Heart Valve Surgery
The heart contains four valves that allow it to work as a pump. Various diseases affect the function of these valves, and due to the variation in demands our bodies place on each of these valves the optimal treatment of each valve is different. Some valves are best treated by replacement while others by repair of the native valve. Our surgeons and cardiologist are well-versed in the criteria favoring either option and can help patients decide what treatment is right for them.
Diseases affecting the aortic valve frequently require the valve to be replaced. Fortunately, there are many excellent replacement valve options that are exceptionally durable and require no long-term anticoagulation. Repair of a person’s native aortic valve is occasionally possible in certain circumstances. Minimally-invasive options are available resulting in a very small, or no, surgical scar.
The mitral valve has a complex shape and function. Numerous studies have demonstrated that in most cases this valve should be repaired for the best possible patient outcomes, rather than undergo replacement. The most common method of repair is to remove the diseased portion of the valve, repair the defect, and prevent future expansion of the valve orifice by implanting a titanium ring. Long-term anticoagulation is not required in most cases.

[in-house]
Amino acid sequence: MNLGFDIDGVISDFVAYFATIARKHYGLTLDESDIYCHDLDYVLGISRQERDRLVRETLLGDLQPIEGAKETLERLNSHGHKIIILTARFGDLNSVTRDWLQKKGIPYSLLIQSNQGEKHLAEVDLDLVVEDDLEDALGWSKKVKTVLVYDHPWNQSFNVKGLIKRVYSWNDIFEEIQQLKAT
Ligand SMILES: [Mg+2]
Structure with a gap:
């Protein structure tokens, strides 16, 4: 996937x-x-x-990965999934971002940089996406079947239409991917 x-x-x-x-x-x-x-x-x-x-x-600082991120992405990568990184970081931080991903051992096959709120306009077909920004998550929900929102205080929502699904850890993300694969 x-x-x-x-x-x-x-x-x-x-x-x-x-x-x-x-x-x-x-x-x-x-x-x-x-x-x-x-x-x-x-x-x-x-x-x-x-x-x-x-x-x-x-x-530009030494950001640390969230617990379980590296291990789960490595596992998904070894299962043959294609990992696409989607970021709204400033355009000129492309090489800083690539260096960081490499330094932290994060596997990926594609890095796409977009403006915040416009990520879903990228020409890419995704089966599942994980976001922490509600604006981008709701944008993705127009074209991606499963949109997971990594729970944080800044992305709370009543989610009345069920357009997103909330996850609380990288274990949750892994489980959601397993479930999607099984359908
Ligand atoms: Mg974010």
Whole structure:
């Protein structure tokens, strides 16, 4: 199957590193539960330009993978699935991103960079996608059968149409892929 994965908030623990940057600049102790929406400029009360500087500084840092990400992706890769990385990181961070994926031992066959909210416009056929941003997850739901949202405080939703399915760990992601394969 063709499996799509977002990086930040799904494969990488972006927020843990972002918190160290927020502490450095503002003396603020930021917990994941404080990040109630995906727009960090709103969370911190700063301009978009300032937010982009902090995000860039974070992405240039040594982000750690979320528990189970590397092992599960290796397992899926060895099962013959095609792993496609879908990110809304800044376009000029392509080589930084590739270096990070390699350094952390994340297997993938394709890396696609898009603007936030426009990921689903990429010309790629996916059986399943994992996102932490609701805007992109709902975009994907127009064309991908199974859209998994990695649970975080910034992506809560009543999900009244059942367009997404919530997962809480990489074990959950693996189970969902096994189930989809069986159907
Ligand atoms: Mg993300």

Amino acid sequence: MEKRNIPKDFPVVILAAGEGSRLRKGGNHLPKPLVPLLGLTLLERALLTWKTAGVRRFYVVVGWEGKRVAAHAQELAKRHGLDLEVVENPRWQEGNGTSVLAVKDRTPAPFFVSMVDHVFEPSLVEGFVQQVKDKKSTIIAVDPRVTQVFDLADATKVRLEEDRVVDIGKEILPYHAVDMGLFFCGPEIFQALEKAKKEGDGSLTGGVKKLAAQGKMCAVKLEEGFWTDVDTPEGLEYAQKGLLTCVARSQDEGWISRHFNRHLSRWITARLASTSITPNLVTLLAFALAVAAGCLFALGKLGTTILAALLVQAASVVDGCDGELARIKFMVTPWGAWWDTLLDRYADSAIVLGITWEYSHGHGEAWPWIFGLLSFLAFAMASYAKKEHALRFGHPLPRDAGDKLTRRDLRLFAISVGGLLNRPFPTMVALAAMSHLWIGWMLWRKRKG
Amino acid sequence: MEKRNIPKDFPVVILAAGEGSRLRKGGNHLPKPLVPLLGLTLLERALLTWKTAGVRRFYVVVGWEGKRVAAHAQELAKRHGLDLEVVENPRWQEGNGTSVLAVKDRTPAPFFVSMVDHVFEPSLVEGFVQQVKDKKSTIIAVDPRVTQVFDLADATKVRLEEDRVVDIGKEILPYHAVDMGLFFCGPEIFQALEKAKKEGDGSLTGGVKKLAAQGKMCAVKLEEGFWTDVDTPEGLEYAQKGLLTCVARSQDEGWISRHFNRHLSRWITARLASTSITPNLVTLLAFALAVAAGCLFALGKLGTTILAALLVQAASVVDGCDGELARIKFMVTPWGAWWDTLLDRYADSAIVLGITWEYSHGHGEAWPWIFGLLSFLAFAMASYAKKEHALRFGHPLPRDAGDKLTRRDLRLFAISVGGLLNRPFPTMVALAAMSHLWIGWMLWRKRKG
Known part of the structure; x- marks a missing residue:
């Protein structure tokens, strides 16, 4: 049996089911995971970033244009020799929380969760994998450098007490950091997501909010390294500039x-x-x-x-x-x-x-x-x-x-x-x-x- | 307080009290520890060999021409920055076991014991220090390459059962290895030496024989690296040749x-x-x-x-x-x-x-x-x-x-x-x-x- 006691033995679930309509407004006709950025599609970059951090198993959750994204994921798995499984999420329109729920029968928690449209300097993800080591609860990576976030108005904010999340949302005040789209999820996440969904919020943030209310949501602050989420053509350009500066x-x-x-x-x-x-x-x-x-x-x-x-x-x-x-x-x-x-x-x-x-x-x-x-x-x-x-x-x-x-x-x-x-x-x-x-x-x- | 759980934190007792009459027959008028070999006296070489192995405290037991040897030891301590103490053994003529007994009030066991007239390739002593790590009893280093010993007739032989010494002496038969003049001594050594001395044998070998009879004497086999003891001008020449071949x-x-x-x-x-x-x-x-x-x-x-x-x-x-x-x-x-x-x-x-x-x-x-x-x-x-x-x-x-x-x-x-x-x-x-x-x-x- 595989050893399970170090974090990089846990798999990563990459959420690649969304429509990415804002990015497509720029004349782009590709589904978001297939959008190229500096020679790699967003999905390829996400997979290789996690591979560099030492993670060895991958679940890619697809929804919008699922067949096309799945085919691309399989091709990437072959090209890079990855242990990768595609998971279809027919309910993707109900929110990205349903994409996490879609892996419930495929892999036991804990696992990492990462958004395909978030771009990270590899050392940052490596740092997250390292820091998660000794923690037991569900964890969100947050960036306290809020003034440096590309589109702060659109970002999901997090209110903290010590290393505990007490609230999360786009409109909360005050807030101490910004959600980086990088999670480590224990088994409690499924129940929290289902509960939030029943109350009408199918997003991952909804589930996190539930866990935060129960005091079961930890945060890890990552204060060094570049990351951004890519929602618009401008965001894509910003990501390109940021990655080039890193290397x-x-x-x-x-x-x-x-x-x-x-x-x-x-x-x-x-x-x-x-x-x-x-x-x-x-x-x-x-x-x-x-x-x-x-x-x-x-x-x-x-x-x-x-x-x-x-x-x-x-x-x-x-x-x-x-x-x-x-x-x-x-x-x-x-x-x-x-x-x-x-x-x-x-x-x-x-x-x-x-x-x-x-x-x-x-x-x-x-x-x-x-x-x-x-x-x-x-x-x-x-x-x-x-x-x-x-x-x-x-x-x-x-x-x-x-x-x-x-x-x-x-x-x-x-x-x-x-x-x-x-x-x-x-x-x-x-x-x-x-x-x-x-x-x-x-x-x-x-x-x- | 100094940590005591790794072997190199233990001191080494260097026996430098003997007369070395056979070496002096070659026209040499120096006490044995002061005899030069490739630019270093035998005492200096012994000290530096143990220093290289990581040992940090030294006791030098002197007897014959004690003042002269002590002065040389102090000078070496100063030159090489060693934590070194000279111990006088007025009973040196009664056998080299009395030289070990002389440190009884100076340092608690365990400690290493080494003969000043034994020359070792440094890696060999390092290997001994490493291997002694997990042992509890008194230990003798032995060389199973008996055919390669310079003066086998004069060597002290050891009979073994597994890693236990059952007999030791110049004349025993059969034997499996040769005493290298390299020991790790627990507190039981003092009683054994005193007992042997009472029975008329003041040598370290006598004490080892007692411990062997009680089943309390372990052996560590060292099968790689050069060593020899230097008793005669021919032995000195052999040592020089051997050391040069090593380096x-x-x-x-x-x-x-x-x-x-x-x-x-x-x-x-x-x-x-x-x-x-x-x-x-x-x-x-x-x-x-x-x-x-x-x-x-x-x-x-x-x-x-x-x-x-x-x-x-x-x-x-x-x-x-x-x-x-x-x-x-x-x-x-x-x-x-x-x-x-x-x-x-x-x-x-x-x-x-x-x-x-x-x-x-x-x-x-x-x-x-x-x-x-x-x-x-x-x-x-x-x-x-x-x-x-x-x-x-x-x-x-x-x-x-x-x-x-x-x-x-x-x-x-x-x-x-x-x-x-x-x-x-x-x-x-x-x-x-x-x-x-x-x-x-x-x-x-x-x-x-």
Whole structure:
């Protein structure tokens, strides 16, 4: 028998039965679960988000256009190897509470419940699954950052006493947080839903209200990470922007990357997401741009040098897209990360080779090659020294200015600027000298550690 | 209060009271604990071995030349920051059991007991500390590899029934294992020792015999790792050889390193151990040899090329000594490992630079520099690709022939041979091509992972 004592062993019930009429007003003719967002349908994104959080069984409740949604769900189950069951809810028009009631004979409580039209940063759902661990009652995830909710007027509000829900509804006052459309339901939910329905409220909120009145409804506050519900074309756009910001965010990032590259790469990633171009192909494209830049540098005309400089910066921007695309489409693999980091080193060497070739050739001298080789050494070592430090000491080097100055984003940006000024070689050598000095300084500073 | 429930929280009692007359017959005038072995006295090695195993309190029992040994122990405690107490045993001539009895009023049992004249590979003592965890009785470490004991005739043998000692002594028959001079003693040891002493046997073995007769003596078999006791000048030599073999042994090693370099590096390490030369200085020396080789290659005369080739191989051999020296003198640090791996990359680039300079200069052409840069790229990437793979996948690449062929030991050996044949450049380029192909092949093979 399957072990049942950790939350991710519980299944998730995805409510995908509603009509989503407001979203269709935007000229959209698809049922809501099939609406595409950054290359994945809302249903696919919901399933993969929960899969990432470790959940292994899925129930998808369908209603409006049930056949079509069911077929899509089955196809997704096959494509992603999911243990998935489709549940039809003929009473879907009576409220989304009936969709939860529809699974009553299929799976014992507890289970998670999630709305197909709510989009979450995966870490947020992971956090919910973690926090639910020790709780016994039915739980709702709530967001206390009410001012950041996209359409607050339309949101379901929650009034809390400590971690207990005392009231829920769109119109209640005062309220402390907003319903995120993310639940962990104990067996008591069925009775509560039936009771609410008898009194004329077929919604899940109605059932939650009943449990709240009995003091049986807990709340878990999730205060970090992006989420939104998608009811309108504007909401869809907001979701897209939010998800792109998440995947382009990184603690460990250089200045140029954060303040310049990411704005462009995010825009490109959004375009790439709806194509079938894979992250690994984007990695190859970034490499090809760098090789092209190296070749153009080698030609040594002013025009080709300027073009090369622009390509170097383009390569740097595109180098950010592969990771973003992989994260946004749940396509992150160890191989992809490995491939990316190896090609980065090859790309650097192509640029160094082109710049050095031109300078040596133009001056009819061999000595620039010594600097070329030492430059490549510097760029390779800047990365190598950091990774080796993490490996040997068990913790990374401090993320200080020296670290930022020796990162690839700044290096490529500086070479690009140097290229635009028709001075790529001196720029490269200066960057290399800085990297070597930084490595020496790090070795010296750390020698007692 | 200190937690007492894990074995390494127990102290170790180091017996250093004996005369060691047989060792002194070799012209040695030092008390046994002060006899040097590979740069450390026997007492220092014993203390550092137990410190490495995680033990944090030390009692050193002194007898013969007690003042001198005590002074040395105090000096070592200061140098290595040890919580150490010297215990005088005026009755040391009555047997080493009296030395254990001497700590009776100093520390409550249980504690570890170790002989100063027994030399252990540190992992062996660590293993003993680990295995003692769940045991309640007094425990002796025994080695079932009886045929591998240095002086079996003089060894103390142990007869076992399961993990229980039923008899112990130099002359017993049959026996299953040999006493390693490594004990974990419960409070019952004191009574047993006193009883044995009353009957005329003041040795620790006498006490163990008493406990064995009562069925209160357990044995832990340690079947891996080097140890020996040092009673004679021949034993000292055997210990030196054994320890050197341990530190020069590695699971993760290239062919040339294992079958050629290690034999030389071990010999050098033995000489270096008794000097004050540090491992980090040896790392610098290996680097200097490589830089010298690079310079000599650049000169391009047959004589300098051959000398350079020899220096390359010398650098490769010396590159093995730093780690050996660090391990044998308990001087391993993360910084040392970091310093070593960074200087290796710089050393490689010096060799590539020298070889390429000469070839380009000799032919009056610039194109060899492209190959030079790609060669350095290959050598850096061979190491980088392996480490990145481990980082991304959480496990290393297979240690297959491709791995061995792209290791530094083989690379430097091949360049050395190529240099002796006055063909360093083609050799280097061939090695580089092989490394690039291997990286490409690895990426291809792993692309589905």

Diseases of the tricuspid valve rarely affect that valve alone. Instead, repair is usually performed in conjunction with another heart procedure. Repair, versus replacement, is the norm for tricuspid disease. While uncommon, replacement of the tricuspid valve is sometimes required, and occasionally necessitates simultaneous implantation of a cardiac pacemaker. This is due to the close proximity of the heart’s natural pacemaker to the tricuspid valve.
As the gateway valve for blood traveling to the lungs (a less demanding circulation task), the pulmonary valve is rarely so diseased that it cannot perform its function. The exception is patients who have undergone heart surgery as a child, in particular those who have undergone correction of Tetralogy of Fallot.
For more information on heart valve surgery, please contact 619-532-9140 to speak to a health care professional.